The report said it had "confirmed" that a "large cylindrical object" housed at the same complex had been "designed to contain the detonation of up to 70 kilograms of high explosives". That amount of explosives, it said, would be "appropriate" for testing a detonation system to trigger a nuclear weapon.
But former IAEA inspector Robert Kelley has denounced the agency's claims about such a containment chamber as "highly misleading".
Kelley, a nuclear engineer who was the IAEA's chief weapons inspector in Iraq and is now a senior research fellow at the Stockholm International Peace Research Institute, pointed out in an interview with the Real News Network that a cylindrical chamber designed to contain 70 kg of explosives, as claimed by the IAEA, could not possibly have been used for hydrodynamic testing of a nuclear weapon design, contrary to the IAEA claim.
"There are far more explosives in that bomb than could be contained by this container," Kelley said, referring to the simulated explosion of a nuclear weapon in a hydrodynamic experiment.
Kelley also observed that hydrodynamic testing would not have been done in a container inside a building in any case. "You have to be crazy to do hydrodynamic explosives in a container," he said. "There's no reason to do it. They're done outdoors on firing tables."
Kelley rejected the IAEA claim that the alleged cylindrical chamber was new evidence of an Iranian weapons program. "We've been led by the nose to believe that this container is important, when in fact it's not important at all," Kelley said.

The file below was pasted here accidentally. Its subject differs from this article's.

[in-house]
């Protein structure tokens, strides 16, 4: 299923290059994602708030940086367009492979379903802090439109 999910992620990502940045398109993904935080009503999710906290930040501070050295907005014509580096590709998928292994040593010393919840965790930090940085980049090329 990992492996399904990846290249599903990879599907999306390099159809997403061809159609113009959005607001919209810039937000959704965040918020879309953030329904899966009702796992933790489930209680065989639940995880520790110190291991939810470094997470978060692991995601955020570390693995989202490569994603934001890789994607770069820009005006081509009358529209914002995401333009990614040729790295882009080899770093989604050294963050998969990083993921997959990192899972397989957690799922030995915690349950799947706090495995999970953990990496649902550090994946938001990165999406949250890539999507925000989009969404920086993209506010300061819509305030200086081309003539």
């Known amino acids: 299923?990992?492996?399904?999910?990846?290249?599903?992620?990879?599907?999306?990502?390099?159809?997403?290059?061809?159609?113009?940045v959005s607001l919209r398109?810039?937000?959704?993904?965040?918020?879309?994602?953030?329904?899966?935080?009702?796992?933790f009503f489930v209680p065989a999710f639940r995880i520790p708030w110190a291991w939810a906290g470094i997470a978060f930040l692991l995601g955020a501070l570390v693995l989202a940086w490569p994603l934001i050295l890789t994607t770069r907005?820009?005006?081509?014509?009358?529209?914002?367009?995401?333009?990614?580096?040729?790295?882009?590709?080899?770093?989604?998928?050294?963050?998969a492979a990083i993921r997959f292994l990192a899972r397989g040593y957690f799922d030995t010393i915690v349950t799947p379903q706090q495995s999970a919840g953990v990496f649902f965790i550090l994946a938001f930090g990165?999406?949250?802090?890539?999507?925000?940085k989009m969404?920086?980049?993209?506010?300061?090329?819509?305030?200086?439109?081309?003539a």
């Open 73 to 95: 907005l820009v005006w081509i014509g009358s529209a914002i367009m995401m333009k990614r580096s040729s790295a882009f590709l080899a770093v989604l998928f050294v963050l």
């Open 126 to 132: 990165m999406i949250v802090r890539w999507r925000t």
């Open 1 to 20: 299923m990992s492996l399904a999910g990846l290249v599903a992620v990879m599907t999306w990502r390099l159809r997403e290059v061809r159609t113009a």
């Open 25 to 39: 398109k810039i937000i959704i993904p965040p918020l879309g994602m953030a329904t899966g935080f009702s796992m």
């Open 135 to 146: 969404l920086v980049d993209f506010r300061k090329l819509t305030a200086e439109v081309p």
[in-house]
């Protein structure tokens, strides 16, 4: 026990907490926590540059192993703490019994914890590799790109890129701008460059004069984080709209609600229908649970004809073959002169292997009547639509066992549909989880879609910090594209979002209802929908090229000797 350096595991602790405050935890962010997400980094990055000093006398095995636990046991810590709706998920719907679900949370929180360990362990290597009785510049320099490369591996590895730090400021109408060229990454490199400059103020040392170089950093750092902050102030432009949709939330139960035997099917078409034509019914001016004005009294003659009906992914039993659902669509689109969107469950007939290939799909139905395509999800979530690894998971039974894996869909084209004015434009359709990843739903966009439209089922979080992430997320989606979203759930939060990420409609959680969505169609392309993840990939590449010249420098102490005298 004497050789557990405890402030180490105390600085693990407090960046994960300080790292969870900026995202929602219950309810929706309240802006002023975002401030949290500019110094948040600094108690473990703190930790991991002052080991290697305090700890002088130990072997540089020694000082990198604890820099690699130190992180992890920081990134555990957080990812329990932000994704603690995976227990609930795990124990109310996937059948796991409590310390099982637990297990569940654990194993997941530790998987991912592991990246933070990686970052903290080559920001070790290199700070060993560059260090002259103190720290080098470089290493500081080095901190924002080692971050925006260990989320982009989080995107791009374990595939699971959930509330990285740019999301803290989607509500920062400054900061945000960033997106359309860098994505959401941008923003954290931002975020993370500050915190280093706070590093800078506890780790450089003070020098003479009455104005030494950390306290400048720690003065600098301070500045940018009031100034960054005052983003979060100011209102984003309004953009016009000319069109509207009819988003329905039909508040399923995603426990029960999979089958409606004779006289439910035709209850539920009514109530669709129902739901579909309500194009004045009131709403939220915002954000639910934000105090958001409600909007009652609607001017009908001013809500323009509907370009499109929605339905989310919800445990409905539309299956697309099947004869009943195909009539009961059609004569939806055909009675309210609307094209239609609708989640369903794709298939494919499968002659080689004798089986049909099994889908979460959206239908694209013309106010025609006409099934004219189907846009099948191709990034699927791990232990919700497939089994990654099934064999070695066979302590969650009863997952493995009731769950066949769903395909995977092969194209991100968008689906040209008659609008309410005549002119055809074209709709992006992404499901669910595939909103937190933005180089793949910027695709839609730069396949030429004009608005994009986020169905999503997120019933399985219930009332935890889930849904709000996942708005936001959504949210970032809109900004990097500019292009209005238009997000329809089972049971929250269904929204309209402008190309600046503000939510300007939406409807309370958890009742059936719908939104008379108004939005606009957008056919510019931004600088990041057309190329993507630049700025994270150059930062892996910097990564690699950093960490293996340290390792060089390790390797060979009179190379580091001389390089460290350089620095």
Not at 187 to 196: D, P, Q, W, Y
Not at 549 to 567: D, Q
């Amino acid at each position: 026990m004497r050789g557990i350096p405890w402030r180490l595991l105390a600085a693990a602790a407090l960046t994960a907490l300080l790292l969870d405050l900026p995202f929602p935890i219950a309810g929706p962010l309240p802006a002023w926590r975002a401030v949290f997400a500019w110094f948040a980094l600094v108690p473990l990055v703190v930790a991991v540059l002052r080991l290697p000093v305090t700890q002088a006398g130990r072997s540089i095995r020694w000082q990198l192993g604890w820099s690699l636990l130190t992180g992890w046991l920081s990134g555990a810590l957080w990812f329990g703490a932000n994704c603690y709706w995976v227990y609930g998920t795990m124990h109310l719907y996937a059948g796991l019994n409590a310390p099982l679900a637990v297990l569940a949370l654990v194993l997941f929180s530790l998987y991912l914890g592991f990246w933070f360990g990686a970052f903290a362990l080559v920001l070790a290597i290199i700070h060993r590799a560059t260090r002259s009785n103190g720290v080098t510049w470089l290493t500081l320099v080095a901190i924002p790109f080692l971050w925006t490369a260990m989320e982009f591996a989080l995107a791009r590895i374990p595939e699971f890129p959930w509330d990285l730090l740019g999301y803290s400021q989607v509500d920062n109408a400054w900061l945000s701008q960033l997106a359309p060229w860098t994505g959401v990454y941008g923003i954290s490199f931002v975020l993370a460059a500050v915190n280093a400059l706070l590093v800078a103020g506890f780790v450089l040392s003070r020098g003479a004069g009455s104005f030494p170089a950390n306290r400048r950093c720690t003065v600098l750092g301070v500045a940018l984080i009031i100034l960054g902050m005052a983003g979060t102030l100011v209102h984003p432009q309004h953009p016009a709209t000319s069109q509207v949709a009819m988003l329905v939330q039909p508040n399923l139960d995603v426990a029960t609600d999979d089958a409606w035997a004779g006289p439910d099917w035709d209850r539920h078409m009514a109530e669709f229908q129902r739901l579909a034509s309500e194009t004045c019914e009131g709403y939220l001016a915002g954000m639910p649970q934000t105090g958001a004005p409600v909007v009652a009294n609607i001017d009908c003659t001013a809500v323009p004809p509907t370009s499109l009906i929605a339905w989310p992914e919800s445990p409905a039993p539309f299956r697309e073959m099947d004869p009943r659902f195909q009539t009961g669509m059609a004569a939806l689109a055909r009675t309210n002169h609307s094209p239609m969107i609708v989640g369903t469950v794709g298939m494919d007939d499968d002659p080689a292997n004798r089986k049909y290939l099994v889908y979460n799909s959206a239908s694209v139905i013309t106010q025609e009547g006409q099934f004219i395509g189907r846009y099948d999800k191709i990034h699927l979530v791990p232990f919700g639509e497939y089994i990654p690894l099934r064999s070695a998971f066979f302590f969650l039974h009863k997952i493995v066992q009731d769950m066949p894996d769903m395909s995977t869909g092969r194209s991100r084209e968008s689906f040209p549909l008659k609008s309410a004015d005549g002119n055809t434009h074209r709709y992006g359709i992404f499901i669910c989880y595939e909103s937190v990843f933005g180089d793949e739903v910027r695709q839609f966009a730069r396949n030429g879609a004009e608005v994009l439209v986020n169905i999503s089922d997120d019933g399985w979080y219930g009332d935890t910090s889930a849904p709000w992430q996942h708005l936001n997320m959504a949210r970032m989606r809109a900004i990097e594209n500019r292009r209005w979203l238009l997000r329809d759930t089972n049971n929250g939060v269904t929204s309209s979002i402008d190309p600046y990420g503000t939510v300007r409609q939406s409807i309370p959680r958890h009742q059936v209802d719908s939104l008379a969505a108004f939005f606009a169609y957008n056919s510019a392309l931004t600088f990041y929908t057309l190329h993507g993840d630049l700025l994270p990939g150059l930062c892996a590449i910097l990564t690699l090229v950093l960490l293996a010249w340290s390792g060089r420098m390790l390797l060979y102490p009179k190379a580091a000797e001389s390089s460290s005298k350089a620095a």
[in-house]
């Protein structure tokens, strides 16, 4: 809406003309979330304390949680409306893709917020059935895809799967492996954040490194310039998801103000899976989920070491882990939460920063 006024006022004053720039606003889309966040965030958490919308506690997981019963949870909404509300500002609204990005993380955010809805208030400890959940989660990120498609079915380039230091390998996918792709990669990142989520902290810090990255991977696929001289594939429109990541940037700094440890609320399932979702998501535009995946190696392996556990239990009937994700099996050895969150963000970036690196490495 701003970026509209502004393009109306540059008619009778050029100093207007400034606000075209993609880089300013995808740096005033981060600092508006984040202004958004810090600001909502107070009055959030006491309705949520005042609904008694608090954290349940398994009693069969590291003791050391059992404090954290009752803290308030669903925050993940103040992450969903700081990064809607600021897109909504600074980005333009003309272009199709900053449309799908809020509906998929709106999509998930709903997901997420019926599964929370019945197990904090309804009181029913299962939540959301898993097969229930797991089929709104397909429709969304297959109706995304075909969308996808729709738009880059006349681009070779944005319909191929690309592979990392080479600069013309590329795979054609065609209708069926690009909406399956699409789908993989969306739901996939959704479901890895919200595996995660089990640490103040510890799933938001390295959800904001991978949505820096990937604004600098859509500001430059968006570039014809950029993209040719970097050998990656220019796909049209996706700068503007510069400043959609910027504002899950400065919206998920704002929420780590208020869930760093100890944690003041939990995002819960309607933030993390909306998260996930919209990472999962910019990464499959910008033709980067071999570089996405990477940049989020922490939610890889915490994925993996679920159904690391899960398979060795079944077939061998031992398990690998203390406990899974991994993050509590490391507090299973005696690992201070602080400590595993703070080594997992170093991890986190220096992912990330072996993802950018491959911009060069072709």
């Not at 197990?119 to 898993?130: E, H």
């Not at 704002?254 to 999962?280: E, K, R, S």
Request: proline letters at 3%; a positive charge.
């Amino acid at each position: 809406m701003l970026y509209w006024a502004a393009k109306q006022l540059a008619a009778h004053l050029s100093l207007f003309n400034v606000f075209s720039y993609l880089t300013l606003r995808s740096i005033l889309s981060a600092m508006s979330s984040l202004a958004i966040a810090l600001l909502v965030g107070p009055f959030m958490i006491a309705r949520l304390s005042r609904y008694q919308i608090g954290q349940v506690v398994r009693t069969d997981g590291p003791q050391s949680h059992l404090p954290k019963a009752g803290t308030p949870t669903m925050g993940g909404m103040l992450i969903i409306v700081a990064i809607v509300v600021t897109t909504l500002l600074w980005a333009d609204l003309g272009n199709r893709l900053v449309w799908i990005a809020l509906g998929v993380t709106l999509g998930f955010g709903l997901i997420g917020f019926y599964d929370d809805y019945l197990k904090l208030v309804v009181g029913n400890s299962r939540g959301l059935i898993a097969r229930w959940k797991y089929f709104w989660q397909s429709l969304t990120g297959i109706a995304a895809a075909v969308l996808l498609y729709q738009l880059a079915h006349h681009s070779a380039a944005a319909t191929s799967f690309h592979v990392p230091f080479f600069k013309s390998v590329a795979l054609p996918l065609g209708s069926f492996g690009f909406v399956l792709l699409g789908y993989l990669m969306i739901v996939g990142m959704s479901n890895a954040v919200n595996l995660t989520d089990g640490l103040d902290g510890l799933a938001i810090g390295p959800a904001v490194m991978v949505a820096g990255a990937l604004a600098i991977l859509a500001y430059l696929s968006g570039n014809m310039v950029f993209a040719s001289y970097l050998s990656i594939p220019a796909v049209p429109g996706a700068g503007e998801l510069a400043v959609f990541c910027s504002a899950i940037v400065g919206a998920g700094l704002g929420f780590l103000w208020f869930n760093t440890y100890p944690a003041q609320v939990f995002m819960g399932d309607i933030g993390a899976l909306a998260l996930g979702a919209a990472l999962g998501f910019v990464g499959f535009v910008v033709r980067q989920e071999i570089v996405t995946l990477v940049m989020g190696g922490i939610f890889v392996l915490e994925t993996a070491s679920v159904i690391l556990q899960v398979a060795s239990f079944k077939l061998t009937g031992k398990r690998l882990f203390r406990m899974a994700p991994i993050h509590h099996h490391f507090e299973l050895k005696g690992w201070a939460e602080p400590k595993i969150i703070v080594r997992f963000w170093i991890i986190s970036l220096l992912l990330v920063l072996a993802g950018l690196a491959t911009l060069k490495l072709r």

The IAEA report and unnamed "diplomats" implied that a "former Soviet nuclear weapons scientist", identified in the media as Danilenko, had helped build the alleged containment vessel at Parchin.
But their claims conflict with one another as well as with readily documented facts about Danilenko's work in Iran.
The IAEA report does not deny that Danilenko - a Ukrainian who worked in a Soviet-era research institute that was identified mainly with nuclear weapons - was actually a specialist on nanodiamonds. The report nevertheless implies a link between Danilenko and the purported explosives chamber at Parchin by citing a publication by Danilenko as a source for the dimensions of the alleged explosives chamber.
A bunch of nasty folks want a War with Iran, in order the destroy the Iranian infrastructure and their influence in the Middle East, same as what we saw with Iraq.
Thankfully this time around there are more dissenting voices brought about by online knowledge, which translates to more people in the real world, ready to speak out and highlight the lies and propaganda. Open dialog (ie strong diplomatic relations) and trade would utterly kill off any claims that Iran should be attacked:
You do not attack friendly nations where tourists like to go and where the general population is hospitable to their guests.
[Posted at the SpookyWeather blog, November 23rd, 2011.]